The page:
Home Back Issues November 2011 Barhyte Specialty Foods' success

Barhyte Specialty Foods' success

| Print |  Email
Articles - November 2011
Wednesday, October 19, 2011
Article Index
Barhyte Specialty Foods' success
Page 2

By Ben Jacklet

 

1111_Tactics_01
// Photos by Adam Bacher
1111_Tactics_02

Chris Barhyte keeps a stack of unopened letters in his offices from would-be buyers of the family business. “I don’t even open them any more,” he says. “I’m just not interested in selling. I’d probably have to put on a suit.”

Barhyte is wearing shorts and flip-flops at the Tualatin sales office of Barhyte Specialty Foods, which he has built from a literal mom-and-pop shop into a 52-employee operation generating more than $10 million in annual sales and continuing to expand through the recession. He did so by becoming the boss of his parents, Jan and Suzie Barhyte. The Barhytes had a family recipe for mustard that they trace back to their ancestors in Germany, who first sold it in the U.S. during Revolutionary War times. They formed a company in 1982 selling mustard out of Pendleton. Their eldest son, Chris, a 43-year-old Oregon State University graduate with a degree in hotel and restaurant management, left the corporate world after stints at Disney and Taco Bell/Pepsico and put together a plan for the family business in 1995.

Barhyte Specialty Foods
CEO: Chris Barhyte
Founded: 1982, as Old Fashioned Foods
Employees: 52
Revenues: $10 million
Blog: saucymamacafe.com

From the beginning the plan was to sell the product out of the Portland area while making it in Pendleton. The arrangement was meant to minimize family stress, to give Suzie creative control of the cooking while leaving her son free to handle marketing. “It keeps us out of each other’s faces,” says Barhyte. “And it keeps me focused on sales here. They don’t want me out there mucking around with production.”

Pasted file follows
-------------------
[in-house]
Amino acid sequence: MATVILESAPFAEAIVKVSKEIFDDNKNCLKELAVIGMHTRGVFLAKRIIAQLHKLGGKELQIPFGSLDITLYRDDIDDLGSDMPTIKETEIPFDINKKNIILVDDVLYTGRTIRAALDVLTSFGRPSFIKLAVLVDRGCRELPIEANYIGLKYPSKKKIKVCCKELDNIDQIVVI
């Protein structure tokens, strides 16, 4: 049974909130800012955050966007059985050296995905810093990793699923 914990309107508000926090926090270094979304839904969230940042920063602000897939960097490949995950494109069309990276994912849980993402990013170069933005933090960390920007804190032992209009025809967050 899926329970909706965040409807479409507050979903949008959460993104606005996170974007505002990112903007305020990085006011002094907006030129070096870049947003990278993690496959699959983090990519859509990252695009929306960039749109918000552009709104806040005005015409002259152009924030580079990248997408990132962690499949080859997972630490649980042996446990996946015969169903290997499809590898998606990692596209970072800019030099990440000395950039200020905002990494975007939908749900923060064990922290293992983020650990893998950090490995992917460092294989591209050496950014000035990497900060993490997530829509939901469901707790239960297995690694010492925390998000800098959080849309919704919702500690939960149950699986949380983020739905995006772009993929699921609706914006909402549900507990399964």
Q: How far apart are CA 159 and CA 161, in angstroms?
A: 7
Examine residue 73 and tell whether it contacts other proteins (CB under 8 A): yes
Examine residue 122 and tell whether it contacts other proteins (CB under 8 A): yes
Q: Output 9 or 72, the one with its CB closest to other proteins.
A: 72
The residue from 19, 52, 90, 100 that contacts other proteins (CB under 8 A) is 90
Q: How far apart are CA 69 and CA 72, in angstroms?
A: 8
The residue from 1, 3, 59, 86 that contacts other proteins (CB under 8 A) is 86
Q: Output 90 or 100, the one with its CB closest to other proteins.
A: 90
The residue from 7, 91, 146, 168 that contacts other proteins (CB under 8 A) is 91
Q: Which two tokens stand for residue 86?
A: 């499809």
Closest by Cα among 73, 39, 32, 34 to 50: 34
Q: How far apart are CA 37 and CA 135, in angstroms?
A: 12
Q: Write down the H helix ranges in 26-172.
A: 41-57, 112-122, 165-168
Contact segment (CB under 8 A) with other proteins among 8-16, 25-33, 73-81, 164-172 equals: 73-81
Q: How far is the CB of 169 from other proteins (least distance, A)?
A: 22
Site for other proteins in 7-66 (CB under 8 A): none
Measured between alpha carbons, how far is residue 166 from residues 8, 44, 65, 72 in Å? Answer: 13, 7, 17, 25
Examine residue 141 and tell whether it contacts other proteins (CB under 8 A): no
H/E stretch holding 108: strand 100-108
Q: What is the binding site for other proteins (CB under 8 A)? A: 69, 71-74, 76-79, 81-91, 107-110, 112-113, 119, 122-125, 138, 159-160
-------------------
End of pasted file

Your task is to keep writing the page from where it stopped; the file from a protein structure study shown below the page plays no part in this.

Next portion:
They started small — real small. Production consisted of mom and pop working with a five-gallon Hobart mixer and bottling the mustard by hand. Barhyte’s budget for the first month projected $15,000 in sales; the actual number came in at $6,000. So the 28-year-old CEO loaded up the van and hit the road, pitching mustard up and down the Oregon Coast and around the High Desert, filling orders, driving around ingredients and making deliveries. Two or three times per week he would get up at 6 a.m., drive out to Pendleton and drop off deliveries on the way back home late at night. He had one customer in Hood River who got used to him showing up at 11:30 at night on his way home and leaving the package out back. The business hired its first employee in 1998: Chris’s younger brother, Mike, who runs the factory in Pendleton.

 



 

Comments   

 
Travel Pendleton
0 #1 So Proud!Travel Pendleton 2011-10-28 11:58:58
Pendleton is so proud of Barhyte's success and their desire to keep production here! Their facility is beautiful with one of the best views overlooking our valley.
Quote | Report to administrator
 
 
Guest
0 #2 barhyteGuest 2012-12-29 09:13:19
just wanted to say..Im a Barhyte from Wisconsin
Quote | Report to administrator
 

More Articles

Kill the Meeting

November/December 2014
Wednesday, October 22, 2014
BY AMY MILSHTEIN

Meetings get a bad rap. A few local companies make them count.


Read more...

Gone Girl

News
Monday, September 29, 2014
roundup-logo-thumb-14BY LINDA BAKER | OB EDITOR

Wehby disappears, Kitzhaber fails to disclose and Seattle gets bike share before Portland.


Read more...

Revenge Forestry

November/December 2014
Tuesday, October 14, 2014
BY JONATHAN FROCHTZWAJG

A flare-up in the Elliott Forest raises questions about détente in Oregon’s timber wars.


Read more...

Semiconductor purgatory

News
Monday, October 06, 2014
roundup-logo-thumb-14BY LINDA BAKER | OB EDITOR

Intel's manufacturing way station; Merkley's attack dog; Diamond Foods gets into the innovation business.


Read more...

True Blood

October 2014
Thursday, September 25, 2014
BY JOE ROJAS-BURKE

Antibiotics really aren’t magic bullets.


Read more...

Election Season

November/December 2014
Wednesday, October 22, 2014

We didn’t intend this issue to have an election season theme. But politics has a way of seeping into the cracks and fissures.


Read more...

100 Best Nonprofits announced

News
Thursday, October 02, 2014

100NP14logo4WebOregon Business magazine has named the sixth annual 100 Best Nonprofits to Work for in Oregon.


Read more...
Oregon Business magazinetitle-sponsored-links-02
SPONSORED LINKS